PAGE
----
At the network level, an IDS/IPS system could monitor and filter packets for malformed content, he says.
At Black Hat Europe, Maggi and Quarta plan to show recordings of the exploit, as well as provide a demo that shows how such a DoS would affect an industrial network. They'll show a simulated Mars Rover transporting a load while being directed by MQTT messages.
"You can imagine automation controls sending messages to the Rover to go back, load up, and load down, with each command an MQTT message," Maggi explains. "We pull off one of the exploits while messages are being delivered."
The server then is unable to deliver messages on time, so it could cause the Rover to physically drop the load, for instance. "The impact of a tiny software bug" could have safety implications, he says.
Malicious Software Updates
MQTT can also be used for software and firmware updates in IoT and industrial IoT devices. "So draw your own conclusions" about risks, Maggi says. "We found ... firmware passing through MQTT as part of an update."
Even so, the researchers say they didn't discover any attacks in the wild using MQTT. But there are some possible scenarios of other types of abuse by attackers. "I've looked into if there's any malware that uses MQTT as a command-and-control technology. That would be a convenient way to make bots communicate; it's easy to blend in because of MQTT's popularity now," Quarta says. "But I haven't found any malware using it."
While the researchers were able to easily identify MQTT servers via Shodan, what was alarming was how that led them to sensitive data. The ability to actually connect directly to the discovered devices was "more scary" than finding a device via Shodan, Maggi says. "And with zero effort, you get inundated with messages sent to the client."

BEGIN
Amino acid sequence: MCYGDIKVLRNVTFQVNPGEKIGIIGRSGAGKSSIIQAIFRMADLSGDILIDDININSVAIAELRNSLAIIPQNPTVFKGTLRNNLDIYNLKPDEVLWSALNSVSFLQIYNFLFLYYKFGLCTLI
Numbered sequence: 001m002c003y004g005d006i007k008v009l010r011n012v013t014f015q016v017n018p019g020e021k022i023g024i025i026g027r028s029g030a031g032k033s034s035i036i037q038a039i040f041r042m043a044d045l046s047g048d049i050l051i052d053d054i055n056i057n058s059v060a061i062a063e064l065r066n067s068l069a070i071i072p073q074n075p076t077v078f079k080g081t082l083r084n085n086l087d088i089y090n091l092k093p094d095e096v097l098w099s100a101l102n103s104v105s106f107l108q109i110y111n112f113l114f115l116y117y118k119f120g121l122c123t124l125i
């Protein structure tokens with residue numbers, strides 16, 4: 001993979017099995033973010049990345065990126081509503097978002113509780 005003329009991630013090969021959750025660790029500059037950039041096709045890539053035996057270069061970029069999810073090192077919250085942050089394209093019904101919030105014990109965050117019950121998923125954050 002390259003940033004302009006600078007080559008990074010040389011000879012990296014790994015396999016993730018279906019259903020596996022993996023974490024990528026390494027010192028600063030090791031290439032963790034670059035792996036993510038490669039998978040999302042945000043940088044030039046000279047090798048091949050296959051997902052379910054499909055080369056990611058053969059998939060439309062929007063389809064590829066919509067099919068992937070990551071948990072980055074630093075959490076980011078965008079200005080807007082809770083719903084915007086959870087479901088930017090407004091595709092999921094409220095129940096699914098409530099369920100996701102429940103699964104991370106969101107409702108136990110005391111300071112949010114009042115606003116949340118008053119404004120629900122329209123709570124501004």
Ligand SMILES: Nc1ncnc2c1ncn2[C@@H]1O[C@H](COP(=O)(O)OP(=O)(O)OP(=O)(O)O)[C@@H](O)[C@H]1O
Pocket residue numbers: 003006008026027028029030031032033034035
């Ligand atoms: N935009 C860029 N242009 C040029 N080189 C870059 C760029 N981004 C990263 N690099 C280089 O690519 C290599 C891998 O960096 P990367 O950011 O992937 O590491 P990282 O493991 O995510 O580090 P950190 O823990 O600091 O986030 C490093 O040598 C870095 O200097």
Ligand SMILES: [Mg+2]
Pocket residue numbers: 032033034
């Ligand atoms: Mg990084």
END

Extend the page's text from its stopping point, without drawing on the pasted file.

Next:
But Maggi and Quarta aren't the first to point out MQTT security risks, a fact they note up front. Lucas Lundgren, a security consultant at IOActive, for instance, found in his own research tens of thousands of MQTT servers leaking sensitive information during his study between 2016 and 2017.
Lundgren was able to send commands to an exposed MQTT server sitting inside a major technology vendor's network. "It allowed me to send raw commands into a server," he told Dark Reading in a 2017 interview.
Martin Horn, a security researcher at Avast, this year discovered via his own Shodan search 49,000 MQTT servers exposed on the Net – 32,000 of them had no password protection. Horn called out the flawed implementations of MQTT as well as a lack of security for the server, which can become a single point of security failure for all of the connected IoT devices.